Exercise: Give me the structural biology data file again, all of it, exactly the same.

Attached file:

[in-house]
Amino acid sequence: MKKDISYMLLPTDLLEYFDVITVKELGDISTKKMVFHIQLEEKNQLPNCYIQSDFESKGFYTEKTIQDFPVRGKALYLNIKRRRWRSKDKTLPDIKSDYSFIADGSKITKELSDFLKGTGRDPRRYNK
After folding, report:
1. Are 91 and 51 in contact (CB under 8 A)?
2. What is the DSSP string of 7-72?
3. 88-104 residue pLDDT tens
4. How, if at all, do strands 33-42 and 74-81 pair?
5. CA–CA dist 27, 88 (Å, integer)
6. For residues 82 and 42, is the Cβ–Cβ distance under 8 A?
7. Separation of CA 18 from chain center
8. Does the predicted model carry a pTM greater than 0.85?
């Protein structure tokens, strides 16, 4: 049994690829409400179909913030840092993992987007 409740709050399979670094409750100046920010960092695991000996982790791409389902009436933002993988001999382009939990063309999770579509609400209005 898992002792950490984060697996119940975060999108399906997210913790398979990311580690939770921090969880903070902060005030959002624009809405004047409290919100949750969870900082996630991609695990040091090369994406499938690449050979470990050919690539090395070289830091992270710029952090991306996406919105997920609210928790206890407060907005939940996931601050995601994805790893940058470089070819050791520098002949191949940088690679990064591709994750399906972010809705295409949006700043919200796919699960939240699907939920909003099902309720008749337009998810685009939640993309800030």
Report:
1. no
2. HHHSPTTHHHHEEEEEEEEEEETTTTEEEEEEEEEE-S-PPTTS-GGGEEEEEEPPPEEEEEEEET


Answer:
[in-house]
Amino acid sequence: MKKDISYMLLPTDLLEYFDVITVKELGDISTKKMVFHIQLEEKNQLPNCYIQSDFESKGFYTEKTIQDFPVRGKALYLNIKRRRWRSKDKTLPDIKSDYSFIADGSKITKELSDFLKGTGRDPRRYNK
After folding, report:
1. Are 91 and 51 in contact (CB under 8 A)?
2. What is the DSSP string of 7-72?
3. 88-104 residue pLDDT tens
4. How, if at all, do strands 33-42 and 74-81 pair?
5. CA–CA dist 27, 88 (Å, integer)
6. For residues 82 and 42, is the Cβ–Cβ distance under 8 A?
7. Separation of CA 18 from chain center
8. Does the predicted model carry a pTM greater than 0.85?
């Protein structure tokens, strides 16, 4: 049994690829409400179909913030840092993992987007 409740709050399979670094409750100046920010960092695991000996982790791409389902009436933002993988001999382009939990063309999770579509609400209005 898992002792950490984060697996119940975060999108399906997210913790398979990311580690939770921090969880903070902060005030959002624009809405004047409290919100949750969870900082996630991609695990040091090369994406499938690449050979470990050919690539090395070289830091992270710029952090991306996406919105997920609210928790206890407060907005939940996931601050995601994805790893940058470089070819050791520098002949191949940088690679990064591709994750399906972010809705295409949006700043919200796919699960939240699907939920909003099902309720008749337009998810685009939640993309800030």
Report:
1. no
2. HHHSPTTHHHHEEEEEEEEEEETTTTEEEEEEEEEE-S-PPTTS-GGGEEEEEEPPPEEEEEEEET